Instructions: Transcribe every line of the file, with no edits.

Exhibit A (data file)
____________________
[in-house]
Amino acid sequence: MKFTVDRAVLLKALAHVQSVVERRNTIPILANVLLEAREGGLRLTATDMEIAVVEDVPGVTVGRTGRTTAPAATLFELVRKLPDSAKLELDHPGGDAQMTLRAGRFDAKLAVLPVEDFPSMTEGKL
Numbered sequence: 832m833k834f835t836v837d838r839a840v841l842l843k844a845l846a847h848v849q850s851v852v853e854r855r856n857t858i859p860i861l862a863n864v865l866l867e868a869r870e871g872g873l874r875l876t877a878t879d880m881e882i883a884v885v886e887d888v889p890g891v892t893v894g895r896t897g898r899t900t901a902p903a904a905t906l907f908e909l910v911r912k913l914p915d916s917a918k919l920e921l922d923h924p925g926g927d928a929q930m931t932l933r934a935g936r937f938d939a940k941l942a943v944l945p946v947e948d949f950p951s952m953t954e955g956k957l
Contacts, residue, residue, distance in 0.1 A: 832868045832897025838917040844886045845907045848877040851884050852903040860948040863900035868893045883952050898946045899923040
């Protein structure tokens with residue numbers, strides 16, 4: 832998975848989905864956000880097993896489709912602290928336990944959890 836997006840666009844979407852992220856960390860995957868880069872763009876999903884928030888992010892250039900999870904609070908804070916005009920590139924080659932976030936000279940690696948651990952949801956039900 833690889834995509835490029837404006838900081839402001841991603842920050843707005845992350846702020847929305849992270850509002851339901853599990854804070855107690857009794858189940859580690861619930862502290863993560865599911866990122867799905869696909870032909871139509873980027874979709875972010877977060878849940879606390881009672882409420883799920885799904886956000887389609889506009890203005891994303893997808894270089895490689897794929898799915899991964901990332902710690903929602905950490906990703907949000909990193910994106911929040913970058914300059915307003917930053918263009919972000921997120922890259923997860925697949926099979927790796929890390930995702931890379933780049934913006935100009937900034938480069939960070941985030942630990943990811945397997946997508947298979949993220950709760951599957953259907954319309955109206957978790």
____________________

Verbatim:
[in-house]
Amino acid sequence: MKFTVDRAVLLKALAHVQSVVERRNTIPILANVLLEAREGGLRLTATDMEIAVVEDVPGVTVGRTGRTTAPAATLFELVRKLPDSAKLELDHPGGDAQMTLRAGRFDAKLAVLPVEDFPSMTEGKL
Numbered sequence: 832m833k834f835t836v837d838r839a840v841l842l843k844a845l846a847h848v849q850s851v852v853e854r855r856n857t858i859p860i861l862a863n864v865l866l867e868a869r870e871g872g873l874r875l876t877a878t879d880m881e882i883a884v885v886e887d888v889p890g891v892t893v894g895r896t897g898r899t900t901a902p903a904a905t906l907f908e909l910v911r912k913l914p915d916s917a918k919l920e921l922d923h924p925g926g927d928a929q930m931t932l933r934a935g936r937f938d939a940k941l942a943v944l945p946v947e948d949f950p951s952m953t954e955g956k957l
Contacts, residue, residue, distance in 0.1 A: 832868045832897025838917040844886045845907045848877040851884050852903040860948040863900035868893045883952050898946045899923040
């Protein structure tokens with residue numbers, strides 16, 4: 832998975848989905864956000880097993896489709912602290928336990944959890 836997006840666009844979407852992220856960390860995957868880069872763009876999903884928030888992010892250039900999870904609070908804070916005009920590139924080659932976030936000279940690696948651990952949801956039900 833690889834995509835490029837404006838900081839402001841991603842920050843707005845992350846702020847929305849992270850509002851339901853599990854804070855107690857009794858189940859580690861619930862502290863993560865599911866990122867799905869696909870032909871139509873980027874979709875972010877977060878849940879606390881009672882409420883799920885799904886956000887389609889506009890203005891994303893997808894270089895490689897794929898799915899991964901990332902710690903929602905950490906990703907949000909990193910994106911929040913970058914300059915307003917930053918263009919972000921997120922890259923997860925697949926099979927790796929890390930995702931890379933780049934913006935100009937900034938480069939960070941985030942630990943990811945397997946997508947298979949993220950709760951599957953259907954319309955109206957978790």